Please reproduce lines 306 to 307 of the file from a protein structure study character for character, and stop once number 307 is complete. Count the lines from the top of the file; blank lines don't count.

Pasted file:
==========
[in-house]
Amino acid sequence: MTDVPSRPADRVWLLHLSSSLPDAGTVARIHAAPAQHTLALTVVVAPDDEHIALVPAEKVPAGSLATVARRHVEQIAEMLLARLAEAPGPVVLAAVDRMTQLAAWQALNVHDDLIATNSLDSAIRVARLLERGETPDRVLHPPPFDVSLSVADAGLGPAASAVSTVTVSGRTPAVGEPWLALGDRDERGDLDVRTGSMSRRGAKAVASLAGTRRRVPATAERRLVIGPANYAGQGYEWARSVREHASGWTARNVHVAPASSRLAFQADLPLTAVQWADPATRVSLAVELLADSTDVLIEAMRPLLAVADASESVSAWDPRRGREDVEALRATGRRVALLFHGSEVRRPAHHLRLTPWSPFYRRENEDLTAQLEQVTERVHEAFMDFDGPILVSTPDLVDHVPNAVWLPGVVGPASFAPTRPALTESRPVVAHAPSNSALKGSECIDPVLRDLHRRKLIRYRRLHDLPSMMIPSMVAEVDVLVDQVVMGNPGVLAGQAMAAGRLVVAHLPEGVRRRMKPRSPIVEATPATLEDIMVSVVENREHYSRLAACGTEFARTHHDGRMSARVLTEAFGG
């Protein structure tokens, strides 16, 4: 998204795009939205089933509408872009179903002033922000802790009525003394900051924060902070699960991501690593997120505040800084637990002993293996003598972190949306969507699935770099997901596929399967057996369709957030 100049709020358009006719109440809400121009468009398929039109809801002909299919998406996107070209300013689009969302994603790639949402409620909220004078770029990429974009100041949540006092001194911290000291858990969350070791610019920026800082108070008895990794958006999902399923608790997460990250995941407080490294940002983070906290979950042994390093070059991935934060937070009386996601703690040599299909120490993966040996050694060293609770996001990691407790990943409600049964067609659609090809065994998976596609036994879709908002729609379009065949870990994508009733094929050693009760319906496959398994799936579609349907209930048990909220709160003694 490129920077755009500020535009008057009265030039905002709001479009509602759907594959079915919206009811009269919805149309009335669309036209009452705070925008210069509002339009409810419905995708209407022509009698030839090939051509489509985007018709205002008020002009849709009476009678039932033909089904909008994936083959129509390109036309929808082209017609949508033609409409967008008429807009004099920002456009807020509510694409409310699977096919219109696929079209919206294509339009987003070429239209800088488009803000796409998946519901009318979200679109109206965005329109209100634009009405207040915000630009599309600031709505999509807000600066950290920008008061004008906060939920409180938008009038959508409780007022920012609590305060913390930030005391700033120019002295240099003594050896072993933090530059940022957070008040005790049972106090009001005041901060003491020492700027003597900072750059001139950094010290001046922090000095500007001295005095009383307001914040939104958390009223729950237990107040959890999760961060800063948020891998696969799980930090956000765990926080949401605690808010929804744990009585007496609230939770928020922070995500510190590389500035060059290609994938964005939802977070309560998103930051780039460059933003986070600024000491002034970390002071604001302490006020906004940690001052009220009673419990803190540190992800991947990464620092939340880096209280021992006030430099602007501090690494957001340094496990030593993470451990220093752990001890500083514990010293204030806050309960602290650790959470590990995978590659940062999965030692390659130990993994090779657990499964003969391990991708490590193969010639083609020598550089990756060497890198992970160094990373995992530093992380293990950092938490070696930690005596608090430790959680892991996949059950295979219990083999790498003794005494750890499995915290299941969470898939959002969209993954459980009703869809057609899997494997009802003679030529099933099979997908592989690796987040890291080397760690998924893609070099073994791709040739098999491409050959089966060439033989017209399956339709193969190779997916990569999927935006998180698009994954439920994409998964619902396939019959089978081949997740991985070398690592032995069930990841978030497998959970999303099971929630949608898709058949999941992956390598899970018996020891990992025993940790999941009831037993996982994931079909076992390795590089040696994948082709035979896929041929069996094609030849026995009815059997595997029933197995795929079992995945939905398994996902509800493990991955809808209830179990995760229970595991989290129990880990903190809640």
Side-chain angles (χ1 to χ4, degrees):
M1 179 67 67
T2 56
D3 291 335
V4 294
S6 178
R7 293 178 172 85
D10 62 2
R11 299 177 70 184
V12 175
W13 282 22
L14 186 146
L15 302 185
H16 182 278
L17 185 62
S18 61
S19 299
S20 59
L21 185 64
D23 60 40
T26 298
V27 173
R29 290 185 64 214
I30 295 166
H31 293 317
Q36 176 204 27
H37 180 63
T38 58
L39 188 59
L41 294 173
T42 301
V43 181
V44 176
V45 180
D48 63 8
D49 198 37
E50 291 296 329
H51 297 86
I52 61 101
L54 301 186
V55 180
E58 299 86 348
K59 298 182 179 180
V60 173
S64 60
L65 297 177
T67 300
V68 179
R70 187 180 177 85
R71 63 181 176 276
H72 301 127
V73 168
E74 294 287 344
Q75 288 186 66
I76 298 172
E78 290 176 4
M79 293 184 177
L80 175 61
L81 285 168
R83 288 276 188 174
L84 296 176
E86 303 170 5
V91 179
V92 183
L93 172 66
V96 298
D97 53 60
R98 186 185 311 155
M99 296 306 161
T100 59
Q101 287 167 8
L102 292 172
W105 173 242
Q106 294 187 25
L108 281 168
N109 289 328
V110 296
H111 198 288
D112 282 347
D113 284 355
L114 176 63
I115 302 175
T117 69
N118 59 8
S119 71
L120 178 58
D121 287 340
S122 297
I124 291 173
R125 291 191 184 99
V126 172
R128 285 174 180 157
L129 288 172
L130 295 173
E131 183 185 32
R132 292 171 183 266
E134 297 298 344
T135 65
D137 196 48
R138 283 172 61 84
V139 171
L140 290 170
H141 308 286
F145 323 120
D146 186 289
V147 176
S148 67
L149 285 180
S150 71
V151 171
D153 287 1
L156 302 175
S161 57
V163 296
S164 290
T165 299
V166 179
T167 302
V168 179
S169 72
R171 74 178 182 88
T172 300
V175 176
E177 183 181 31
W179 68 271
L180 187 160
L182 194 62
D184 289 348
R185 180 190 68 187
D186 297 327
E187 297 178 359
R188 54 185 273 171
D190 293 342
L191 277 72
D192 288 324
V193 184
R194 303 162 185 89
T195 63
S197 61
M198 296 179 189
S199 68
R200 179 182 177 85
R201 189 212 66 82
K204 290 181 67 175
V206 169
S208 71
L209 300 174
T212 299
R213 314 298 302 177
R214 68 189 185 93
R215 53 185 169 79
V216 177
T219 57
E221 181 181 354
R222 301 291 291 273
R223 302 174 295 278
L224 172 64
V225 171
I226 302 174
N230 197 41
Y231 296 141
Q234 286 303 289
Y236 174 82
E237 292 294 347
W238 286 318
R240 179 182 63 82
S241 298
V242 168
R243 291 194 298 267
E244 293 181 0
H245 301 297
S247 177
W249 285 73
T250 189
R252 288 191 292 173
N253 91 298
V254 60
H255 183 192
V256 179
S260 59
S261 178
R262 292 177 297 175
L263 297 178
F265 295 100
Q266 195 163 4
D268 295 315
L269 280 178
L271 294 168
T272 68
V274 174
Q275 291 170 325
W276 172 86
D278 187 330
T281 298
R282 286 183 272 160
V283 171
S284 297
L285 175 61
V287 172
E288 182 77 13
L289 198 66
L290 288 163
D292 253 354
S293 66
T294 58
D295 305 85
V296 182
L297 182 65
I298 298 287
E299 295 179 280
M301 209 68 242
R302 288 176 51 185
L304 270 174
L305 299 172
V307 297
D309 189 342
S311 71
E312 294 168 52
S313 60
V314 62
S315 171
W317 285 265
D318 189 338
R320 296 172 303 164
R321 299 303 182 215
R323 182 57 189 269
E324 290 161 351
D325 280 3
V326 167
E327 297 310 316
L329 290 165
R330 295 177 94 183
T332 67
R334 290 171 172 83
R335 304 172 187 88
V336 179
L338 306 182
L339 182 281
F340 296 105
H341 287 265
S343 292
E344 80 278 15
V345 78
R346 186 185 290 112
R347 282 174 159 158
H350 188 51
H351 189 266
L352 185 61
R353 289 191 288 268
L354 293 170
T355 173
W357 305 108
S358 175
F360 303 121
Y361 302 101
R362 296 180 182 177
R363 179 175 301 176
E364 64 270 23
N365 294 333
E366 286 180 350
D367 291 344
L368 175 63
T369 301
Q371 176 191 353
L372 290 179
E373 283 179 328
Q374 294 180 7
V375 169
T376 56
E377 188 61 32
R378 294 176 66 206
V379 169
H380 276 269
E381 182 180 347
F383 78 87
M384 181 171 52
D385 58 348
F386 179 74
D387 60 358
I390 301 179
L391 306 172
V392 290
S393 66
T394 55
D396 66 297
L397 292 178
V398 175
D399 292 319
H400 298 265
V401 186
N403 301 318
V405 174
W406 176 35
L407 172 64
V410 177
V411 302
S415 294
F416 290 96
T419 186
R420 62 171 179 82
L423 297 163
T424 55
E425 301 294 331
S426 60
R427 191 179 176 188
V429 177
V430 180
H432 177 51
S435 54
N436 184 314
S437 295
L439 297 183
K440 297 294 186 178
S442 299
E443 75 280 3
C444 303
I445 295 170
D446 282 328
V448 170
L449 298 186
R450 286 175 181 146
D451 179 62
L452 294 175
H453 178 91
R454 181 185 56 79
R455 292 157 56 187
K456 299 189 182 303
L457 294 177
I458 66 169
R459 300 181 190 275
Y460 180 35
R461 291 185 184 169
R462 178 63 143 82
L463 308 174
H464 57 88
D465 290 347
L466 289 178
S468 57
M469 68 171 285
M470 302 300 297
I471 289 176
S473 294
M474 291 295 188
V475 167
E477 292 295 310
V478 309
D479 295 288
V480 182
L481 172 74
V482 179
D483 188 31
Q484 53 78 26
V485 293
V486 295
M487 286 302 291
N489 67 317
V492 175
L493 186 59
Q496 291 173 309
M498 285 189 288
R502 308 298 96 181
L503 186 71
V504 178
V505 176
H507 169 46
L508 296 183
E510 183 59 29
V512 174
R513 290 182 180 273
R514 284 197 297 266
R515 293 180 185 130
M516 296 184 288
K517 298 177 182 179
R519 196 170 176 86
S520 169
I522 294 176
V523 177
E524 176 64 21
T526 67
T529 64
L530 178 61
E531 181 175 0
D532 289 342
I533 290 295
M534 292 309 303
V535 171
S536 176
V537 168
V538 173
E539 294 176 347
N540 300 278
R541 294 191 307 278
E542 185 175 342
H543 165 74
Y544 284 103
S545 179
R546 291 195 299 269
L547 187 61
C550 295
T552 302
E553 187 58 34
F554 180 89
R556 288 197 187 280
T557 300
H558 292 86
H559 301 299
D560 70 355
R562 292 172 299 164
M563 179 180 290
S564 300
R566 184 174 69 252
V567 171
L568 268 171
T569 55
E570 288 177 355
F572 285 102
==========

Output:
E425 301 294 331
S426 60